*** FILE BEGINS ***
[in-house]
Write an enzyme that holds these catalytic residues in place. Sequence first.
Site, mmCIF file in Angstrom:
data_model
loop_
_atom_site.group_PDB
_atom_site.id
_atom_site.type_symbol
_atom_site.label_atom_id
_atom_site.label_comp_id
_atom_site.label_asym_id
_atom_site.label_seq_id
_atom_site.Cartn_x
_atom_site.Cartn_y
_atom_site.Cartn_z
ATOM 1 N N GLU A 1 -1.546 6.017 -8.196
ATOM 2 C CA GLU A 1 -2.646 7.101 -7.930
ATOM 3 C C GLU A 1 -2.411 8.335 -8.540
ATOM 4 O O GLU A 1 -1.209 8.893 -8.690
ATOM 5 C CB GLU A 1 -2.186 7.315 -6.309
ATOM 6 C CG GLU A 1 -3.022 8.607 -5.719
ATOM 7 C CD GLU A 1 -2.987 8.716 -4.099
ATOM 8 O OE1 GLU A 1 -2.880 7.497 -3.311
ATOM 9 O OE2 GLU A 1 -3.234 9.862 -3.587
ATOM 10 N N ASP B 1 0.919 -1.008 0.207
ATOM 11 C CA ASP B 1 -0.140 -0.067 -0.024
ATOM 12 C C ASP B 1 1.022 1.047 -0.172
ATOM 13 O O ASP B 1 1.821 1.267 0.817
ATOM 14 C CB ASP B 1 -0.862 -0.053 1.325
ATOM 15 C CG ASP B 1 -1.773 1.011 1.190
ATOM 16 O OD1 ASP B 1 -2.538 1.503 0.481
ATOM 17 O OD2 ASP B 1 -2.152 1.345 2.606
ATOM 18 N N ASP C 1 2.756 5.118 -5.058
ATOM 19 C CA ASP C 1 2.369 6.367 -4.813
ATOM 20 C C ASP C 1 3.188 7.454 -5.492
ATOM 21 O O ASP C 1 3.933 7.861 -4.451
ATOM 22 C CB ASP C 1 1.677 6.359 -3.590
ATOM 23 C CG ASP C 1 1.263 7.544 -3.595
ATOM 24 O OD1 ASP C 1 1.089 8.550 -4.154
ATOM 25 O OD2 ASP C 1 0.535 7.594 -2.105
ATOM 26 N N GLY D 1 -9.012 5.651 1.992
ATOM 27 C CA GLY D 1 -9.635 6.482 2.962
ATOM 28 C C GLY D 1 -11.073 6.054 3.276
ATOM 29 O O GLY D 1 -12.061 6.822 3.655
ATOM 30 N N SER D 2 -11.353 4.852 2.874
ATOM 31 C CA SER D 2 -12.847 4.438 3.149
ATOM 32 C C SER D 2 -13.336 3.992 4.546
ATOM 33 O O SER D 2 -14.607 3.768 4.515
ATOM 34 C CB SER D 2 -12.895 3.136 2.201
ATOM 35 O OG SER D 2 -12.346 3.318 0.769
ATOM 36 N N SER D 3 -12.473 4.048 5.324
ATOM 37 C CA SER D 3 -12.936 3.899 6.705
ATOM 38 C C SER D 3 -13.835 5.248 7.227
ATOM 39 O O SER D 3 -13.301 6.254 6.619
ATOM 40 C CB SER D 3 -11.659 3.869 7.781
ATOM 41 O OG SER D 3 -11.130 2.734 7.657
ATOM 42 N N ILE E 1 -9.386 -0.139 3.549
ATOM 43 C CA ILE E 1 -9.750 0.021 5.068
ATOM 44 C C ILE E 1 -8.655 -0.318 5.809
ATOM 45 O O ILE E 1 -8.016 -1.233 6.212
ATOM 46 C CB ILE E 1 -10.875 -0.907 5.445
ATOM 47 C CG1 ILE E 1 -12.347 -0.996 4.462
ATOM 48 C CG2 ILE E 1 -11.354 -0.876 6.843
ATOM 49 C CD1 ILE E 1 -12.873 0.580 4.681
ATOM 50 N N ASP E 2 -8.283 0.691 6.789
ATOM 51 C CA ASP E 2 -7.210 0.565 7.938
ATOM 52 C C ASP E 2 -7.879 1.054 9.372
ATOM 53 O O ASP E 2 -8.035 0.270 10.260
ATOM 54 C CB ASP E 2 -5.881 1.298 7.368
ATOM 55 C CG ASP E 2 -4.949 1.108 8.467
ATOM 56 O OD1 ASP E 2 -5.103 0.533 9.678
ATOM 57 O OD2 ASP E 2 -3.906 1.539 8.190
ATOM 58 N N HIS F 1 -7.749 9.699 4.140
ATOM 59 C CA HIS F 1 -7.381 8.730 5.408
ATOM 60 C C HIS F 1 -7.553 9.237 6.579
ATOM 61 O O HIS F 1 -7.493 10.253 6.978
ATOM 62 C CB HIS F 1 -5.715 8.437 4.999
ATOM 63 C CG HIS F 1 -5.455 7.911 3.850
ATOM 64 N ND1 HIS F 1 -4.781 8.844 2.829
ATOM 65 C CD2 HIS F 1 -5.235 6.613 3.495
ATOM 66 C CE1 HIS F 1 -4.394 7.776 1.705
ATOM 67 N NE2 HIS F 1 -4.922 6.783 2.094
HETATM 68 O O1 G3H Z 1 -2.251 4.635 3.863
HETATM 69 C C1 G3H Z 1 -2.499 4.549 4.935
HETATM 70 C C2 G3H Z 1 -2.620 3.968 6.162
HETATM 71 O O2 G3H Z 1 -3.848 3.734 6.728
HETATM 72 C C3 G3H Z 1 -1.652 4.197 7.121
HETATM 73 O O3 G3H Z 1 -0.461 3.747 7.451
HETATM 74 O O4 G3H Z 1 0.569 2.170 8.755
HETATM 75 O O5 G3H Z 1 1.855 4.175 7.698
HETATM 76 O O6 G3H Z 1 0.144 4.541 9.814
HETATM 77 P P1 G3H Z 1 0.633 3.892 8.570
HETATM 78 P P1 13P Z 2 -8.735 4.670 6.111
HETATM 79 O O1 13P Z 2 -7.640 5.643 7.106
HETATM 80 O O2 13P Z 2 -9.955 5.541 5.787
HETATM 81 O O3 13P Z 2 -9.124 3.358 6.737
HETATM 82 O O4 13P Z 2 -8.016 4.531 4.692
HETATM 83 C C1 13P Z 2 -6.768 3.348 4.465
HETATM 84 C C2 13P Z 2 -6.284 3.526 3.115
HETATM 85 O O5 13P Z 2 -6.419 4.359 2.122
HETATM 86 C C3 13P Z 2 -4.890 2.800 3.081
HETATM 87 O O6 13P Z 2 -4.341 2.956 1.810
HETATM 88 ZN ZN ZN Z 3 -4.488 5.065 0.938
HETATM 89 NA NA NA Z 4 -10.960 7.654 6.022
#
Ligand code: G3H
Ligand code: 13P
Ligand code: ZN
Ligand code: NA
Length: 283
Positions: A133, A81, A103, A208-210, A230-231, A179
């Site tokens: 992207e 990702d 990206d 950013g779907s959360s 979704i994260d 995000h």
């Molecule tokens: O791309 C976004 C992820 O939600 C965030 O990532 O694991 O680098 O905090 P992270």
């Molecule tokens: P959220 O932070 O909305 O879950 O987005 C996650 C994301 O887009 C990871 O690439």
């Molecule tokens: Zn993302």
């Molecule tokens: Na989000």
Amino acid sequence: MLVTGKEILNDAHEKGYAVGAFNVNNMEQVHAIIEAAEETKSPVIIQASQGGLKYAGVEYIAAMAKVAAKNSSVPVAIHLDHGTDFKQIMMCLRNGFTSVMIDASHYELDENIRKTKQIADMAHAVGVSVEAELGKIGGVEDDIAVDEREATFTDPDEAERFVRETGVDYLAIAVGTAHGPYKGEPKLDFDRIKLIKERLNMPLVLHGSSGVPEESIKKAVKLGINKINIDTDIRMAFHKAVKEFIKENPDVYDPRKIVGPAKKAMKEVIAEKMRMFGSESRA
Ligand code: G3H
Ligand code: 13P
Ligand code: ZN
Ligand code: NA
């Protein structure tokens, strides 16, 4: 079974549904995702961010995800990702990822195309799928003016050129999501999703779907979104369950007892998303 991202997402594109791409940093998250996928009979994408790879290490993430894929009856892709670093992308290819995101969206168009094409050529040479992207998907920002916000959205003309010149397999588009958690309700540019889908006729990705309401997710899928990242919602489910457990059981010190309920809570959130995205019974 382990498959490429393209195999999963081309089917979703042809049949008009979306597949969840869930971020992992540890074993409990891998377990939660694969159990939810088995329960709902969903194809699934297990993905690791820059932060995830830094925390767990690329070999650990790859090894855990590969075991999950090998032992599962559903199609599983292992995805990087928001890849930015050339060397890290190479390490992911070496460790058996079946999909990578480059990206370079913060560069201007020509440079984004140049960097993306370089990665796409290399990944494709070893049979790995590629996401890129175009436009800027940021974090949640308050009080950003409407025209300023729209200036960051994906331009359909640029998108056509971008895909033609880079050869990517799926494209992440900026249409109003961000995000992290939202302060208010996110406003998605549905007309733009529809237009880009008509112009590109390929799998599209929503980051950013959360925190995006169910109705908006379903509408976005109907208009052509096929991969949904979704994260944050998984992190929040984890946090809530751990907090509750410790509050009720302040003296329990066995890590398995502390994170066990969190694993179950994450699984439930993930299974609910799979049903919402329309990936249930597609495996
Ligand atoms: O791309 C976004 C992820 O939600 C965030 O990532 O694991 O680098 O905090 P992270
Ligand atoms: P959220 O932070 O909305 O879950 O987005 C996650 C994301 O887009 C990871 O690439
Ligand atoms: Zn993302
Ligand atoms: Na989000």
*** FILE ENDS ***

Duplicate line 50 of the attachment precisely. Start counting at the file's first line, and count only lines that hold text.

ATOM 35 O OG SER D 2 -12.346 3.318 0.769